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Awkward Conversations When the Cost of Group Getaways Gets out of Hand Awkward Conversations When the Cost of Group Getaways Gets out of Hand
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Awkward Conversations: When the Cost of Group Getaways Gets out of Hand

Insights & Ideas Team •  December 8, 2016 | Focus on Women

Want to get away? You and your friends have started planning a weekend getaway, but you have very different ideas. While you thought you might be camping or road tripping, they have turned the group vacation into glamping or relaxing at a five-star resort. So how can you rein them back in without causing tension? National etiquette expert Diane Gottsman offers advice for how to make awkward conversations a little bit easier.

1. Express your interest. Explain to your friends what attracted you to the idea in the first place—spending time with them, getting some fresh air or exercise, relaxing, experiencing a new place together. See if you share priorities or if they had different reasons for going, and try to come to a compromise.

Creating a Solid Financial Plan: Your Guide to Money Management2. Be honest about your budget. Let your friends know that you had a certain budget in mind, but what they are suggesting stretches that a bit too thin.

“You just have to say, ‘I’m watching my budget,’” Gottsman said. “‘We started talking about one thing, and all of a sudden we’re staying in a hotel that’s double the price. Can we scale things back a bit?’”

3. Suggest alternatives. When a friend suggests a five-star resort or exotic locale, do some research to find comparable trips within your budget. Maybe instead of going to an all-inclusive resort in the Caribbean, you can find a condo in the Carolinas or Florida that has a full kitchen where you can make some of your meals. Emphasize the similarities, such as the beach or nightlife, and then close the “sale” with the lower price.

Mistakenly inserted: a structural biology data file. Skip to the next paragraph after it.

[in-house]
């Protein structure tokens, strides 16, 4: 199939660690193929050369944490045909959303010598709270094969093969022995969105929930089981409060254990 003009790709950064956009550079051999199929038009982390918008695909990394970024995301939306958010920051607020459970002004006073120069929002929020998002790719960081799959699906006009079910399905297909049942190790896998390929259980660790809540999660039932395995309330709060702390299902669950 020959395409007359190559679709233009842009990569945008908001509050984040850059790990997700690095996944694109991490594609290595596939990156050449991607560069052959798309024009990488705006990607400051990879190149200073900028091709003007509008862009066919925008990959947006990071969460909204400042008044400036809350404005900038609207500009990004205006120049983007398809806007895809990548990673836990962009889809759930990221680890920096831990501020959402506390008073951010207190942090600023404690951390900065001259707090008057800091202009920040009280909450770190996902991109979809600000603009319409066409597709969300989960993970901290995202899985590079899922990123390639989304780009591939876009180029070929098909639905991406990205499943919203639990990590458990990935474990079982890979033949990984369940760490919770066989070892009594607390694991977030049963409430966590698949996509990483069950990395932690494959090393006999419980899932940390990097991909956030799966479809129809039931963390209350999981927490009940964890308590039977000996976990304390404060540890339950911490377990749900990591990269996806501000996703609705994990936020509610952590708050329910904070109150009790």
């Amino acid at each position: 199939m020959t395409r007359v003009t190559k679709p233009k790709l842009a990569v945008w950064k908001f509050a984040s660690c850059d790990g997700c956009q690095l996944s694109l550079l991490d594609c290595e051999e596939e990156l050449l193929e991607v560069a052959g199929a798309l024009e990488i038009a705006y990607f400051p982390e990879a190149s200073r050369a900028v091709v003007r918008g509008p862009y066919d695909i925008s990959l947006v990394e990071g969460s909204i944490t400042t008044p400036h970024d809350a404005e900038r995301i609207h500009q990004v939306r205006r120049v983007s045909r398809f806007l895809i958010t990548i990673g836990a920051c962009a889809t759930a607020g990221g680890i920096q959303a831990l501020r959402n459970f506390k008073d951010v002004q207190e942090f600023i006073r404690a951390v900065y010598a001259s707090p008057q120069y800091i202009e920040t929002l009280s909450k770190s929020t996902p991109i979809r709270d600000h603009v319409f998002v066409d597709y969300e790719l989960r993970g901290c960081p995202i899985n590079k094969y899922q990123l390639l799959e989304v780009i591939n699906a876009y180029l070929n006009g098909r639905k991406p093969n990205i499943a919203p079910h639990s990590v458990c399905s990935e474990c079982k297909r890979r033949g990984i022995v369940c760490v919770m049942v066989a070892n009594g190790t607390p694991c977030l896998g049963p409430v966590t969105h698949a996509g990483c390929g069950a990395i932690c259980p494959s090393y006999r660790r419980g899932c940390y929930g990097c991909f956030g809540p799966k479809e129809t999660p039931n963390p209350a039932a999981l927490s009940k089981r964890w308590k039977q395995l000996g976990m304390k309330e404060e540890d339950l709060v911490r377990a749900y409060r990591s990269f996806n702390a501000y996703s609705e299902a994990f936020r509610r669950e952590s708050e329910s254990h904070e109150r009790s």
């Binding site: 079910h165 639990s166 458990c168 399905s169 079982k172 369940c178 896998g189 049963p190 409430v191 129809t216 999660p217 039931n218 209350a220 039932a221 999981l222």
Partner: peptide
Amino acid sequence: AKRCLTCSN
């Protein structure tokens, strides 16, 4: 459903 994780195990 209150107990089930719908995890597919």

4. Offer to do some heavy lifting. If your friends aren’t excited at the prospect of grocery shopping or meal planning for a group getaway, offer to do the legwork and then let everyone know how much it will cost. Instead of eating out all weekend, go out for one amazing dinner—but then cook the rest of your meals.

5. Travel separately to the same place. If you can’t all agree on a location and plan, see if one or two of them might want to stay with you, or even share a room, in less expensive accommodations. You could also stay for a shorter period of time or find a less expensive flight. You’ll still be traveling with friends but customizing the trip to meet your needs.

“Let them know that you’d love to spend time with them but are going to stay elsewhere and can meet up with them throughout the trip,” Gottsman said.

6. Plan your own itinerary. A weekend with friends does not have to mean spending every second together. Whether you are staying together or separately, if your friends are going on excursions or dining at restaurants that cost more than you’d like to spend, it’s okay to go separate ways some of the time.

“If they want to go out every meal but you want to go different places, say, ‘I’m going to go elsewhere, but I’ll meet you after lunch,’” Gottsman said.

No matter how you address the situation, Gottsman said the key to having these awkward conversations is being civil, polite and respectful. When your friends want luxury but you want budget travel, hold back judgement and be proactive, not reactive, so that you can enjoy the moment with your friends and move past any uncomfortable planning moments. At the end of the day, friendship is what matters most, so following these tips can help you maintain strong, healthy relationships.

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